Shane Broadway, interim director of the state Higher Education Department, explains that this is fallout from state money shortfalls. The department, which had been spending accumulated fund balances to support a wide range of scholarship programs, has spent down the surplus in part because of a rising demand for undergraduate scholarship help. Higher Ed asked the legislature for an additional $7 million to continue all 24 scholarship programs at existing levels. It got only $2 million and legislators directed that all that money go to the Governor's Distinguished Scholarship program, 300 top students who get $10,000 a year. That program was going to be cut by two-thirds without the money and students digitally bombed legislators with complaints.
Somewhat overlooked in the fight to save those scholarships was the department's broad range of other scholarship aid that now must produce $5 million in savings.
It will mean sharp cuts in the 77 entering slots that had been provided in past years in dentistry, podiatry, veterinary medicine, chiropractic, osteopathic medicine and optometry. There are a range of subsidies — all shown at this Higher Ed link. Broadway said, for example, that subsidies for slots at vet school could drop from 12 to 5. (Each school decides which Arkansas students will receive the benefit, not the state of Arkansas.) The final number will depend on how many students already receiving aid continue in school. Enough are completing chiropractic studies, for example, that Broadway anticipates that the state might even be able to fund additional entering chiropractic slots. Broadway said he'd been broadcasting widely, including with a disclaimer on the website, the possibility of cuts in programs.
Professional schools aren't the only area where students will feel cuts. The reductions also will affect scholarship for children of people in the military and for children of law officers who died in the line of duty.
I hope to have a detailed list of projected cuts shortly.
UPDATE: Here are the projected cuts. Broadway cautions they are not firm figures.
On the jump is a note Broadway wrote during the legislative session when a parent raised a question about scholarship cuts. It explains circumstances in more detail:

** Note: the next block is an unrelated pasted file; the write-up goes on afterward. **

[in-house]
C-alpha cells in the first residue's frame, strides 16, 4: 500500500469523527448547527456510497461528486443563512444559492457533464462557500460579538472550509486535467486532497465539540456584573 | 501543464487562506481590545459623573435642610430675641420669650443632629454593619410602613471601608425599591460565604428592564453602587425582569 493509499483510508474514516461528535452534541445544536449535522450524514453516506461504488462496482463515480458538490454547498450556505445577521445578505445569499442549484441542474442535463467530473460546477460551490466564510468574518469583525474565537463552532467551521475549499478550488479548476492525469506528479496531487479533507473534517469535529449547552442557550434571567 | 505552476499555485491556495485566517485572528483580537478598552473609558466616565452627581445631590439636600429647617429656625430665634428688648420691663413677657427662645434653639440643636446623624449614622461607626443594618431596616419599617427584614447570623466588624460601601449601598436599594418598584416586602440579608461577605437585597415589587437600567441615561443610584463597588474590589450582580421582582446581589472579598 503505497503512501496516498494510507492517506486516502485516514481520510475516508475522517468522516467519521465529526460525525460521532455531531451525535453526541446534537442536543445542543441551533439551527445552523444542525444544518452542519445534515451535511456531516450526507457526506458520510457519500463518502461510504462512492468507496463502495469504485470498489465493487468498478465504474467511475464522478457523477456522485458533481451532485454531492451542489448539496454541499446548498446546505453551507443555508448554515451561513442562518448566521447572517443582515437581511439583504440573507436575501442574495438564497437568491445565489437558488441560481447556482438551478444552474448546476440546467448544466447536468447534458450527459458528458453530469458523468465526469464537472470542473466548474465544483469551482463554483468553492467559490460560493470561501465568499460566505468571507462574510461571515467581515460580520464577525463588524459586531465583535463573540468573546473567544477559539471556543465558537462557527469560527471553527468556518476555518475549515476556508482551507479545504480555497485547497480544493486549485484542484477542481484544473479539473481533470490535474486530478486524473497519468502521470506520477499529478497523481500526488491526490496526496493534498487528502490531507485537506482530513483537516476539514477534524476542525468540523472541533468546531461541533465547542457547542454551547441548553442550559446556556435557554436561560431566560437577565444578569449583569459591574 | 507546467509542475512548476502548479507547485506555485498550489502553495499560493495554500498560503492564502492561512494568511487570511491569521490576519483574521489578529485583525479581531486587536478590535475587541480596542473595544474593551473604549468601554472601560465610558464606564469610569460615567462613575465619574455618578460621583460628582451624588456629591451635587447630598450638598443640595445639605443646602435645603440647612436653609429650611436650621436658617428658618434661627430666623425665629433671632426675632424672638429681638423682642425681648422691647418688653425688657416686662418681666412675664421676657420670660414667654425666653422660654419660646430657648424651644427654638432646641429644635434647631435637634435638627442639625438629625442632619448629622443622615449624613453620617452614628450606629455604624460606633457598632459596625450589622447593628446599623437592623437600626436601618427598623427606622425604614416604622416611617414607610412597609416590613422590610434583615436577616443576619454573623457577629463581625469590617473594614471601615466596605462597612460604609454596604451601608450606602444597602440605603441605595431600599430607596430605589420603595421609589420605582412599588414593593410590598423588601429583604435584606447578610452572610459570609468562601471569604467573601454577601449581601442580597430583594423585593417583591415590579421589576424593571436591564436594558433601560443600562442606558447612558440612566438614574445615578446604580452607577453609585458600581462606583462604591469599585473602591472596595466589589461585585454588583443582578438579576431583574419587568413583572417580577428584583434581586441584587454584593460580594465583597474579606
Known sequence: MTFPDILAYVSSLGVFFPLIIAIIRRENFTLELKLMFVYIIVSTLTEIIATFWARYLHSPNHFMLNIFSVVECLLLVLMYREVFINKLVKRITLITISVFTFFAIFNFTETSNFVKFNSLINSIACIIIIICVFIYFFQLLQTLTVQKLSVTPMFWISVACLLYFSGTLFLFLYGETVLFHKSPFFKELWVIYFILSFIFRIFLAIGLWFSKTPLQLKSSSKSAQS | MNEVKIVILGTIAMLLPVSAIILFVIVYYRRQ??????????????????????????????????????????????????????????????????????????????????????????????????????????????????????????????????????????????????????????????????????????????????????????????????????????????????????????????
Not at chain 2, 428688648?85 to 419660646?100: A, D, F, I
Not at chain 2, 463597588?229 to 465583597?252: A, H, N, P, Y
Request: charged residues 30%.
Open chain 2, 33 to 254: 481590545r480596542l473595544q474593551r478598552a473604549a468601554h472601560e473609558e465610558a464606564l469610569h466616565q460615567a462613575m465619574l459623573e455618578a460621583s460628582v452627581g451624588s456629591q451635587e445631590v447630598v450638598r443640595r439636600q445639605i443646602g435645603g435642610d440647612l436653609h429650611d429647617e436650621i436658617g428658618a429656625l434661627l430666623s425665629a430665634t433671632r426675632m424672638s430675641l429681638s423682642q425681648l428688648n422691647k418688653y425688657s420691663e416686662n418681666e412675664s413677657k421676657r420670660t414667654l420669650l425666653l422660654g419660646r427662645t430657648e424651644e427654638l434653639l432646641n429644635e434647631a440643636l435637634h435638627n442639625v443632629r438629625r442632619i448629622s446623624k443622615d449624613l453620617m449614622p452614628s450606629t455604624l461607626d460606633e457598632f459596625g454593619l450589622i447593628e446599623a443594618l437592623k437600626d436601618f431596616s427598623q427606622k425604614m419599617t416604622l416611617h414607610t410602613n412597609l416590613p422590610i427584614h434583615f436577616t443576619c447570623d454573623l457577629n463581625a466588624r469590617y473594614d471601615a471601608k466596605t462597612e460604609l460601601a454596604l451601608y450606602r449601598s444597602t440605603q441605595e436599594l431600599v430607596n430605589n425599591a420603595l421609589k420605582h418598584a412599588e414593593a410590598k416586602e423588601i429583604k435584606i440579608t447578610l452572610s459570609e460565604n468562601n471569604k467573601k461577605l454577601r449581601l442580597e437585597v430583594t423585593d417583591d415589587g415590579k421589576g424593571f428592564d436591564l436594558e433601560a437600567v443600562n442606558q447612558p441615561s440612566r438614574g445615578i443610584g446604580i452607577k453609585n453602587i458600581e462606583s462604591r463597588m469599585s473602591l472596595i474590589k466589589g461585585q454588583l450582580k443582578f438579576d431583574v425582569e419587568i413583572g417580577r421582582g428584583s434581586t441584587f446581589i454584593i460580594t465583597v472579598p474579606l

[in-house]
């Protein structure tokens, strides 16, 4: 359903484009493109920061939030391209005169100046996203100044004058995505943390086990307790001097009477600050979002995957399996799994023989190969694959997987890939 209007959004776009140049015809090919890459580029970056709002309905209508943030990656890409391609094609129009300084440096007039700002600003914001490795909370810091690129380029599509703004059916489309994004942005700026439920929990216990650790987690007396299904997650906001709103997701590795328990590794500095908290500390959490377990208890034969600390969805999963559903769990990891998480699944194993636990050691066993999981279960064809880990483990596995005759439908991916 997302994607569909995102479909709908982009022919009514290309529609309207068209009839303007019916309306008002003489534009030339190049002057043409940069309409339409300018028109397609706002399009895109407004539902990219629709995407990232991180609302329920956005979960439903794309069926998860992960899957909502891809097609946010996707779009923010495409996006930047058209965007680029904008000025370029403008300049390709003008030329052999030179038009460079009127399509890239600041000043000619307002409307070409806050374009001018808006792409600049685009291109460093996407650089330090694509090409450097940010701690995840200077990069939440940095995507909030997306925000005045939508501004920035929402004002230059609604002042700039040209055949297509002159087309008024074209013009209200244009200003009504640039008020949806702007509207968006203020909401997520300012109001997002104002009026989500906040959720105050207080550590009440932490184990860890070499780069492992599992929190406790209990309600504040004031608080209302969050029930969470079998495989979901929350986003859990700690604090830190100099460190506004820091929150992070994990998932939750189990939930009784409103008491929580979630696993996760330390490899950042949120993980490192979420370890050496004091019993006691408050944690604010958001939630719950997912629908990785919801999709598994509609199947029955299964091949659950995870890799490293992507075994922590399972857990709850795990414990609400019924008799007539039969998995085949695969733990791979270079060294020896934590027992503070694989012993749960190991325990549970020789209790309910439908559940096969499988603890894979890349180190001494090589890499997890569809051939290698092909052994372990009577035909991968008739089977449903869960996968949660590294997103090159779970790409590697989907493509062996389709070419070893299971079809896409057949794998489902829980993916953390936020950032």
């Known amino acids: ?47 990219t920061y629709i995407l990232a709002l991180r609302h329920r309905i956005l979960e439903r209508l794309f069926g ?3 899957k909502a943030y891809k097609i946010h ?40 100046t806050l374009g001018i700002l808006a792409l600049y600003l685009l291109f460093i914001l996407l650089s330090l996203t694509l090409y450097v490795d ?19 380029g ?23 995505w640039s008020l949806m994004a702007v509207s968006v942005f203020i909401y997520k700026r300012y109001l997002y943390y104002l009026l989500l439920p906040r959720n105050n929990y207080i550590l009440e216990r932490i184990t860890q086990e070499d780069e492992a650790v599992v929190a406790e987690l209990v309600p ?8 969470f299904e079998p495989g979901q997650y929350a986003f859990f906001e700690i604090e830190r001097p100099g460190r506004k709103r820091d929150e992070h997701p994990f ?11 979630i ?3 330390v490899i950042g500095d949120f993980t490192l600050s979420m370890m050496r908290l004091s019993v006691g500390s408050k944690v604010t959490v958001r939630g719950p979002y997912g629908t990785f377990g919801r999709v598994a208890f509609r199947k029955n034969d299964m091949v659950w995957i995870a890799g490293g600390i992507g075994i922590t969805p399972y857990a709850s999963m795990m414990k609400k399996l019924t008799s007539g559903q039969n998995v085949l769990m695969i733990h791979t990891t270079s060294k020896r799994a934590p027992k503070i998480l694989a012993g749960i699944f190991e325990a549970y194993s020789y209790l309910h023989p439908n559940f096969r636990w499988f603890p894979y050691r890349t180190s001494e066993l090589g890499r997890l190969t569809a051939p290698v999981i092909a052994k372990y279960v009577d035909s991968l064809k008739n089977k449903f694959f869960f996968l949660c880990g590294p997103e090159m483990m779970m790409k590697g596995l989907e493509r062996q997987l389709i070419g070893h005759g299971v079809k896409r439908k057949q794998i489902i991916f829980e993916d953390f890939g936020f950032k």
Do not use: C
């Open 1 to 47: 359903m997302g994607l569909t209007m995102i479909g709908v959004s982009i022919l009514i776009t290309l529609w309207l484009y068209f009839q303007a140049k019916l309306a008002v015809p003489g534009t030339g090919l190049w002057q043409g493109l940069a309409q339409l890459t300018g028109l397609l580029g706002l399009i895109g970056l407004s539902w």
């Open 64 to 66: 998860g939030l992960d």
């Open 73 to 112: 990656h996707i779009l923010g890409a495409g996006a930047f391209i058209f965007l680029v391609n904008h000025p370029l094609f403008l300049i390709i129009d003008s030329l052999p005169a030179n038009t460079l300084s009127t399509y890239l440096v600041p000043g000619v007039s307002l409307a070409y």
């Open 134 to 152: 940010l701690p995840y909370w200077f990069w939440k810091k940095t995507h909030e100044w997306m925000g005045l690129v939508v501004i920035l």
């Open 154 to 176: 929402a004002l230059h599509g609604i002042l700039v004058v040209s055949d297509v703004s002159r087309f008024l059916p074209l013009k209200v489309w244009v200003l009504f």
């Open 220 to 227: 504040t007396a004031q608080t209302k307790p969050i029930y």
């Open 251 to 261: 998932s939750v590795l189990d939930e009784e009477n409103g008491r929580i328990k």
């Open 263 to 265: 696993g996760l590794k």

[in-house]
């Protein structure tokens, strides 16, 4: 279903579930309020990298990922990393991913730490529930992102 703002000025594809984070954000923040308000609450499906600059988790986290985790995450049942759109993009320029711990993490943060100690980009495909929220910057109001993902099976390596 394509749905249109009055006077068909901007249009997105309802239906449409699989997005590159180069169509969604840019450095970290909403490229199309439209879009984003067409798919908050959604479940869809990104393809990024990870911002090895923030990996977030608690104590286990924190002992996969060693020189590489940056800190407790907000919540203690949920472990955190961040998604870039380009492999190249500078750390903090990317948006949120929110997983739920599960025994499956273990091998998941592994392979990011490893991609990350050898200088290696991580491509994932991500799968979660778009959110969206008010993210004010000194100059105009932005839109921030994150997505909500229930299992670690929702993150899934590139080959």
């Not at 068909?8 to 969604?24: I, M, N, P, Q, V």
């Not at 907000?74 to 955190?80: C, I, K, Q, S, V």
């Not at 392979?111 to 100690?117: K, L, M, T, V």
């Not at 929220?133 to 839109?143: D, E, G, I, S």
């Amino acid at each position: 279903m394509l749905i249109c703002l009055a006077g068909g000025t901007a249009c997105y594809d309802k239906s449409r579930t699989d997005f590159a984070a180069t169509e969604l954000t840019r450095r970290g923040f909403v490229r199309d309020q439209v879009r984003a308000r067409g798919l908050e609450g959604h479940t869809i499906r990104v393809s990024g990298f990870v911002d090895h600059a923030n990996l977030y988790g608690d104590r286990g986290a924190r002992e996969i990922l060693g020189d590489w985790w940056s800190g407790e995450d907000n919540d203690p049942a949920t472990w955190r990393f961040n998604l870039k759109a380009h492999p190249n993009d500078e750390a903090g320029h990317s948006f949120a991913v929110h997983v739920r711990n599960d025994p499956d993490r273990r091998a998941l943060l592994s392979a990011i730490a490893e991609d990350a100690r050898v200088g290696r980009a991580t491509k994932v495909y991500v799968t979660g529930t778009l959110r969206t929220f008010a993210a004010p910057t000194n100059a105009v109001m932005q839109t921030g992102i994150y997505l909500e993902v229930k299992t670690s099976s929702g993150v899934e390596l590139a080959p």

Around 2007, the Higher Education Grants fund had a fund balance of about $55 million dollars. It was decided that we needed to expand the eligibility criteria and add slots to programs in order to get that money in the hands of students. Each year we receive $47 in general revenue, has been that amount for as long as I can remember. We currently administer around 20 different programs including the Governor’s Scholars program. Since the 2007 session the fund balance started to go down because more students were accessing the scholarship dollars. It was projected at the time that the fund balance would go down slowly and eventually be spent down around 2017. Two things happened. First the lottery passed and we converted our system from a paper system to an on-line application that told the student that they may be eligible for more than just one scholarship, so that drove up the number of students qualifying for other programs, which accelerated the fund balance down quickly. The second one that had the most impact is that a decision was made to move $20 million of the fund balance over to a Lottery Reserve account for if a problem arose with lottery proceeds and number of students on the Academic Challenge scholarship. We came close to having to utilize the reserve this semester, but fortunately did not have to, but it is set aside and no longer part of the grants fund. Doing that then changed the date of the balance going down from 2017 to 2014.
So in order to keep the students currently on the various scholarships funded until they complete and to keep the programs adding additional students next fall we requested in our budget request an additional $7million dollars. That additional general revenue would keep us at the currently level of awards that we presently have. Without it, we will have to reduce each program proportionately to stay within our $47 million of general revenue. Based on projections right now that are subject to change, we anticipate that we will be able to award 75-100 Governor’s Distinguished Awards next fall, that is down from 300 in most years. So without new funding there will be an impact, it will also impact students wanting to attend dental school, optometry school, students of military and law enforcement parents killed or disabled in the line of duty etc.
We have been working on this for the past couple of years, trying to ease down some of the programs as much as possible. We presented the information in the fall budget hearings and really before then, all of the institutions were alerted last summer and at every chance I have had before the General Assembly we have explained the situation. We have met with the Education Committee Chairs and Vice-Chairs, the Budget Chairs, Senate and House leadership and Governor. As you know budgets are tight with all of the discussions focused on many issues right now. But we are doing all we can to make sure we are a part of the discussion. One thing to point out is that the legislature is not considering further cuts to our budget, they cannot cut us below the $47 million we already receive or they will run afoul of the constitutional amendment on Lottery and the language about supplanting scholarships. So they are not considering cuts as was mentioned in the email. The cut would be the ending of the fund balance through a series of events.